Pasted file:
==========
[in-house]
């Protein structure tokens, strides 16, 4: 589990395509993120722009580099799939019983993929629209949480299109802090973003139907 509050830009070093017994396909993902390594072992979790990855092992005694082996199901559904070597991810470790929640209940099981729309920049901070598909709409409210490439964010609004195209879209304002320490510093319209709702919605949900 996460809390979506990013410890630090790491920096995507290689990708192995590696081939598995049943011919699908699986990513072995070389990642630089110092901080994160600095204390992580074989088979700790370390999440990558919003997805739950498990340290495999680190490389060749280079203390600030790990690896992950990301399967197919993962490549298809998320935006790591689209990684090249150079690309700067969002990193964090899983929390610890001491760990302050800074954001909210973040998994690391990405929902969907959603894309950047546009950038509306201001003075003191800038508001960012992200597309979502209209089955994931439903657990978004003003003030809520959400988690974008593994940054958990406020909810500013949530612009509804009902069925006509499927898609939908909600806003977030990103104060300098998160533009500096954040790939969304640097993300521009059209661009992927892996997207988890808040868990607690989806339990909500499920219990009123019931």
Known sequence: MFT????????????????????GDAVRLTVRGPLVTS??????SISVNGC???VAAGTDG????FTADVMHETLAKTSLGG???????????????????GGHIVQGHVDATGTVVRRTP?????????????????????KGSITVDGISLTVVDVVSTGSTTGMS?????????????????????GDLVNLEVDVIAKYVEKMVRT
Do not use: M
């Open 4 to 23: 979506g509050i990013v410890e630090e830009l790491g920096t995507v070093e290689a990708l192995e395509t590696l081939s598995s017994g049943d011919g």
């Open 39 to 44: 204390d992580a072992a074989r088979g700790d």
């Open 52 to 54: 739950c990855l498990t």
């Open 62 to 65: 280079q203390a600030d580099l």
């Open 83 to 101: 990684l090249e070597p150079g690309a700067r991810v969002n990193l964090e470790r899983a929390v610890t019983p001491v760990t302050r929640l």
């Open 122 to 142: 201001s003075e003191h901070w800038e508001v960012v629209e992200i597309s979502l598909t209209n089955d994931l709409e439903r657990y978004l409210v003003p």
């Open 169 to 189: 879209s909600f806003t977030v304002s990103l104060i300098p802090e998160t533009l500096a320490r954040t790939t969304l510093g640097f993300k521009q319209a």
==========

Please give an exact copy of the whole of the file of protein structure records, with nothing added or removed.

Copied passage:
[in-house]
């Protein structure tokens, strides 16, 4: 589990395509993120722009580099799939019983993929629209949480299109802090973003139907 509050830009070093017994396909993902390594072992979790990855092992005694082996199901559904070597991810470790929640209940099981729309920049901070598909709409409210490439964010609004195209879209304002320490510093319209709702919605949900 996460809390979506990013410890630090790491920096995507290689990708192995590696081939598995049943011919699908699986990513072995070389990642630089110092901080994160600095204390992580074989088979700790370390999440990558919003997805739950498990340290495999680190490389060749280079203390600030790990690896992950990301399967197919993962490549298809998320935006790591689209990684090249150079690309700067969002990193964090899983929390610890001491760990302050800074954001909210973040998994690391990405929902969907959603894309950047546009950038509306201001003075003191800038508001960012992200597309979502209209089955994931439903657990978004003003003030809520959400988690974008593994940054958990406020909810500013949530612009509804009902069925006509499927898609939908909600806003977030990103104060300098998160533009500096954040790939969304640097993300521009059209661009992927892996997207988890808040868990607690989806339990909500499920219990009123019931």
Known sequence: MFT????????????????????GDAVRLTVRGPLVTS??????SISVNGC???VAAGTDG????FTADVMHETLAKTSLGG???????????????????GGHIVQGHVDATGTVVRRTP?????????????????????KGSITVDGISLTVVDVVSTGSTTGMS?????????????????????GDLVNLEVDVIAKYVEKMVRT
Do not use: M
């Open 4 to 23: 979506g509050i990013v410890e630090e830009l790491g920096t995507v070093e290689a990708l192995e395509t590696l081939s598995s017994g049943d011919g």
């Open 39 to 44: 204390d992580a072992a074989r088979g700790d």
């Open 52 to 54: 739950c990855l498990t």
């Open 62 to 65: 280079q203390a600030d580099l």
């Open 83 to 101: 990684l090249e070597p150079g690309a700067r991810v969002n990193l964090e470790r899983a929390v610890t019983p001491v760990t302050r929640l």
């Open 122 to 142: 201001s003075e003191h901070w800038e508001v960012v629209e992200i597309s979502l598909t209209n089955d994931l709409e439903r657990y978004l409210v003003p």
């Open 169 to 189: 879209s909600f806003t977030v304002s990103l104060i300098p802090e998160t533009l500096a320490r954040t790939t969304l510093g640097f993300k521009q319209a």